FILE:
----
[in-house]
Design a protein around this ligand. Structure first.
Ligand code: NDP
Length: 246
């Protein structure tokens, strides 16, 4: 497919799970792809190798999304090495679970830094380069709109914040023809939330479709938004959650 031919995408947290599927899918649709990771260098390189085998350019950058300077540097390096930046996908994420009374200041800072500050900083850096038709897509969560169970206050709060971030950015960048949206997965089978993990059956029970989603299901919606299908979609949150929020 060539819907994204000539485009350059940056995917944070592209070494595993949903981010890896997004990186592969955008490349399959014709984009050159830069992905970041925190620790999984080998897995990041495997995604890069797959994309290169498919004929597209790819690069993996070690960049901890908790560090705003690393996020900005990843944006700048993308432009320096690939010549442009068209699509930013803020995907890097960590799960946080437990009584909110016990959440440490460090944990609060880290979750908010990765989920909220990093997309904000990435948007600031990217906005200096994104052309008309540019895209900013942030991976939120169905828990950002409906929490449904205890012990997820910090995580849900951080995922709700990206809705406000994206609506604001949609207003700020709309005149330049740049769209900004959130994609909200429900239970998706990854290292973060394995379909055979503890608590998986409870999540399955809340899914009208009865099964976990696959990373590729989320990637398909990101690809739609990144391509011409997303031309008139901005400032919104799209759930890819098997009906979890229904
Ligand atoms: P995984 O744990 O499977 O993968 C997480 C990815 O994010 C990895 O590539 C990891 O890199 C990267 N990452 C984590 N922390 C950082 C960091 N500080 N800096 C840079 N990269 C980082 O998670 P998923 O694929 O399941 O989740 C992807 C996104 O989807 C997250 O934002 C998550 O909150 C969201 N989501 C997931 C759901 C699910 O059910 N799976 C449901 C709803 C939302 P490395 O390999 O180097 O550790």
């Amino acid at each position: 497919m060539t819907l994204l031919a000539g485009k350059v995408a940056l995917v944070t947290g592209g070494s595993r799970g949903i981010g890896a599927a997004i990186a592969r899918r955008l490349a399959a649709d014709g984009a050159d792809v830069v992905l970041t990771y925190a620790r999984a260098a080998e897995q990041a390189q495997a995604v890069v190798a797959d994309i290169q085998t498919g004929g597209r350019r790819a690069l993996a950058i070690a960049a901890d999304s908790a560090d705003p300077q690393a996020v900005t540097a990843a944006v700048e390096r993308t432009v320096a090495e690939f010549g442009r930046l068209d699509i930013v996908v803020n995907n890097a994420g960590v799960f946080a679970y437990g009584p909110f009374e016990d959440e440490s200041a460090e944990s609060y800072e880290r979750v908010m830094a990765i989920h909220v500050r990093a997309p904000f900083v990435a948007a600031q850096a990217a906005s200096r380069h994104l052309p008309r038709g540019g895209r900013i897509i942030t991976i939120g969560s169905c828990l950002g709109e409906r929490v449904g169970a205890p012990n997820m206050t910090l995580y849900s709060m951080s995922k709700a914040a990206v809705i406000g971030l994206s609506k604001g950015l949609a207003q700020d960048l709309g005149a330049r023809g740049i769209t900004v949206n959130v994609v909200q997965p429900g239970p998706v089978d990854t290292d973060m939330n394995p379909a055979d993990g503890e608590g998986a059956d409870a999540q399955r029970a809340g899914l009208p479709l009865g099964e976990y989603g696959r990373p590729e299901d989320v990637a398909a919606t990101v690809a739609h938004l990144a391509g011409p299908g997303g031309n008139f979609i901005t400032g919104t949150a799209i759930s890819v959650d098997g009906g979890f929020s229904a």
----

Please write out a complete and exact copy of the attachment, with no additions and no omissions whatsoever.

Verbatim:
[in-house]
Design a protein around this ligand. Structure first.
Ligand code: NDP
Length: 246
């Protein structure tokens, strides 16, 4: 497919799970792809190798999304090495679970830094380069709109914040023809939330479709938004959650 031919995408947290599927899918649709990771260098390189085998350019950058300077540097390096930046996908994420009374200041800072500050900083850096038709897509969560169970206050709060971030950015960048949206997965089978993990059956029970989603299901919606299908979609949150929020 060539819907994204000539485009350059940056995917944070592209070494595993949903981010890896997004990186592969955008490349399959014709984009050159830069992905970041925190620790999984080998897995990041495997995604890069797959994309290169498919004929597209790819690069993996070690960049901890908790560090705003690393996020900005990843944006700048993308432009320096690939010549442009068209699509930013803020995907890097960590799960946080437990009584909110016990959440440490460090944990609060880290979750908010990765989920909220990093997309904000990435948007600031990217906005200096994104052309008309540019895209900013942030991976939120169905828990950002409906929490449904205890012990997820910090995580849900951080995922709700990206809705406000994206609506604001949609207003700020709309005149330049740049769209900004959130994609909200429900239970998706990854290292973060394995379909055979503890608590998986409870999540399955809340899914009208009865099964976990696959990373590729989320990637398909990101690809739609990144391509011409997303031309008139901005400032919104799209759930890819098997009906979890229904
Ligand atoms: P995984 O744990 O499977 O993968 C997480 C990815 O994010 C990895 O590539 C990891 O890199 C990267 N990452 C984590 N922390 C950082 C960091 N500080 N800096 C840079 N990269 C980082 O998670 P998923 O694929 O399941 O989740 C992807 C996104 O989807 C997250 O934002 C998550 O909150 C969201 N989501 C997931 C759901 C699910 O059910 N799976 C449901 C709803 C939302 P490395 O390999 O180097 O550790």
């Amino acid at each position: 497919m060539t819907l994204l031919a000539g485009k350059v995408a940056l995917v944070t947290g592209g070494s595993r799970g949903i981010g890896a599927a997004i990186a592969r899918r955008l490349a399959a649709d014709g984009a050159d792809v830069v992905l970041t990771y925190a620790r999984a260098a080998e897995q990041a390189q495997a995604v890069v190798a797959d994309i290169q085998t498919g004929g597209r350019r790819a690069l993996a950058i070690a960049a901890d999304s908790a560090d705003p300077q690393a996020v900005t540097a990843a944006v700048e390096r993308t432009v320096a090495e690939f010549g442009r930046l068209d699509i930013v996908v803020n995907n890097a994420g960590v799960f946080a679970y437990g009584p909110f009374e016990d959440e440490s200041a460090e944990s609060y800072e880290r979750v908010m830094a990765i989920h909220v500050r990093a997309p904000f900083v990435a948007a600031q850096a990217a906005s200096r380069h994104l052309p008309r038709g540019g895209r900013i897509i942030t991976i939120g969560s169905c828990l950002g709109e409906r929490v449904g169970a205890p012990n997820m206050t910090l995580y849900s709060m951080s995922k709700a914040a990206v809705i406000g971030l994206s609506k604001g950015l949609a207003q700020d960048l709309g005149a330049r023809g740049i769209t900004v949206n959130v994609v909200q997965p429900g239970p998706v089978d990854t290292d973060m939330n394995p379909a055979d993990g503890e608590g998986a059956d409870a999540q399955r029970a809340g899914l009208p479709l009865g099964e976990y989603g696959r990373p590729e299901d989320v990637a398909a919606t990101v690809a739609h938004l990144a391509g011409p299908g997303g031309n008139f979609i901005t400032g919104t949150a799209i759930s890819v959650d098997g009906g979890f929020s229904a």